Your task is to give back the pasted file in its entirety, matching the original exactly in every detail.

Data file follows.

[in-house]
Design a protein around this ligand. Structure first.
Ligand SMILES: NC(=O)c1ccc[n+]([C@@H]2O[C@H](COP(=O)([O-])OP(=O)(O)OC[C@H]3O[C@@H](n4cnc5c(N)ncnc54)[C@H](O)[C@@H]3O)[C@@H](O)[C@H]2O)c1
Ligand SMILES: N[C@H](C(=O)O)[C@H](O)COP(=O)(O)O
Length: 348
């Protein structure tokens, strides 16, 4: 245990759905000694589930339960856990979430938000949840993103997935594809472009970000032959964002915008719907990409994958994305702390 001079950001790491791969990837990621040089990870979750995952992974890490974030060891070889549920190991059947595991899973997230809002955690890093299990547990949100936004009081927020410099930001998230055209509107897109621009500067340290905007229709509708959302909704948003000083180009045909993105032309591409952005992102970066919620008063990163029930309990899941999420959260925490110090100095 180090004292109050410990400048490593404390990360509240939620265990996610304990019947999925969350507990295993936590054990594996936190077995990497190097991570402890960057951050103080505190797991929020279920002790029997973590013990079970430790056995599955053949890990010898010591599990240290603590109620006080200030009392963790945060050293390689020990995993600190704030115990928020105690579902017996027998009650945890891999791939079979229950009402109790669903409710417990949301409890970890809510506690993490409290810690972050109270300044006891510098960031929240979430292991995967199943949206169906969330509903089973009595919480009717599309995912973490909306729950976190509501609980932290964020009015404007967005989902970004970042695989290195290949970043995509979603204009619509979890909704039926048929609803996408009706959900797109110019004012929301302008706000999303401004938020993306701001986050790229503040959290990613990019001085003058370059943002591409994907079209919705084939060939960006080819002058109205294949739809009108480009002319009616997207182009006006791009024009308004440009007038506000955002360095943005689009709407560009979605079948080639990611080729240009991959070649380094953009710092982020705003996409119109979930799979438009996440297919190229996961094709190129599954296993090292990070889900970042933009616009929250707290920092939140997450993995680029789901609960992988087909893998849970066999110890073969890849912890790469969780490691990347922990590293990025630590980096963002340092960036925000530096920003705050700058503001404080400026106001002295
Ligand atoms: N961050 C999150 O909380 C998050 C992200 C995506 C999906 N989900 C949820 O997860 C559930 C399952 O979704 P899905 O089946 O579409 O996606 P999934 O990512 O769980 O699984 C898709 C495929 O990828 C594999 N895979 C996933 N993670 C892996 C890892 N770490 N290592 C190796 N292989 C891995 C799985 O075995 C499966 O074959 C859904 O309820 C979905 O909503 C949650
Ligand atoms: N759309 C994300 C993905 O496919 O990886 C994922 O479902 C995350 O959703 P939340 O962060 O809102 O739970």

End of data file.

[in-house]
Design a protein around this ligand. Structure first.
Ligand SMILES: NC(=O)c1ccc[n+]([C@@H]2O[C@H](COP(=O)([O-])OP(=O)(O)OC[C@H]3O[C@@H](n4cnc5c(N)ncnc54)[C@H](O)[C@@H]3O)[C@@H](O)[C@H]2O)c1
Ligand SMILES: N[C@H](C(=O)O)[C@H](O)COP(=O)(O)O
Length: 348
């Protein structure tokens, strides 16, 4: 245990759905000694589930339960856990979430938000949840993103997935594809472009970000032959964002915008719907990409994958994305702390 001079950001790491791969990837990621040089990870979750995952992974890490974030060891070889549920190991059947595991899973997230809002955690890093299990547990949100936004009081927020410099930001998230055209509107897109621009500067340290905007229709509708959302909704948003000083180009045909993105032309591409952005992102970066919620008063990163029930309990899941999420959260925490110090100095 180090004292109050410990400048490593404390990360509240939620265990996610304990019947999925969350507990295993936590054990594996936190077995990497190097991570402890960057951050103080505190797991929020279920002790029997973590013990079970430790056995599955053949890990010898010591599990240290603590109620006080200030009392963790945060050293390689020990995993600190704030115990928020105690579902017996027998009650945890891999791939079979229950009402109790669903409710417990949301409890970890809510506690993490409290810690972050109270300044006891510098960031929240979430292991995967199943949206169906969330509903089973009595919480009717599309995912973490909306729950976190509501609980932290964020009015404007967005989902970004970042695989290195290949970043995509979603204009619509979890909704039926048929609803996408009706959900797109110019004012929301302008706000999303401004938020993306701001986050790229503040959290990613990019001085003058370059943002591409994907079209919705084939060939960006080819002058109205294949739809009108480009002319009616997207182009006006791009024009308004440009007038506000955002360095943005689009709407560009979605079948080639990611080729240009991959070649380094953009710092982020705003996409119109979930799979438009996440297919190229996961094709190129599954296993090292990070889900970042933009616009929250707290920092939140997450993995680029789901609960992988087909893998849970066999110890073969890849912890790469969780490691990347922990590293990025630590980096963002340092960036925000530096920003705050700058503001404080400026106001002295
Ligand atoms: N961050 C999150 O909380 C998050 C992200 C995506 C999906 N989900 C949820 O997860 C559930 C399952 O979704 P899905 O089946 O579409 O996606 P999934 O990512 O769980 O699984 C898709 C495929 O990828 C594999 N895979 C996933 N993670 C892996 C890892 N770490 N290592 C190796 N292989 C891995 C799985 O075995 C499966 O074959 C859904 O309820 C979905 O909503 C949650
Ligand atoms: N759309 C994300 C993905 O496919 O990886 C994922 O479902 C995350 O959703 P939340 O962060 O809102 O739970």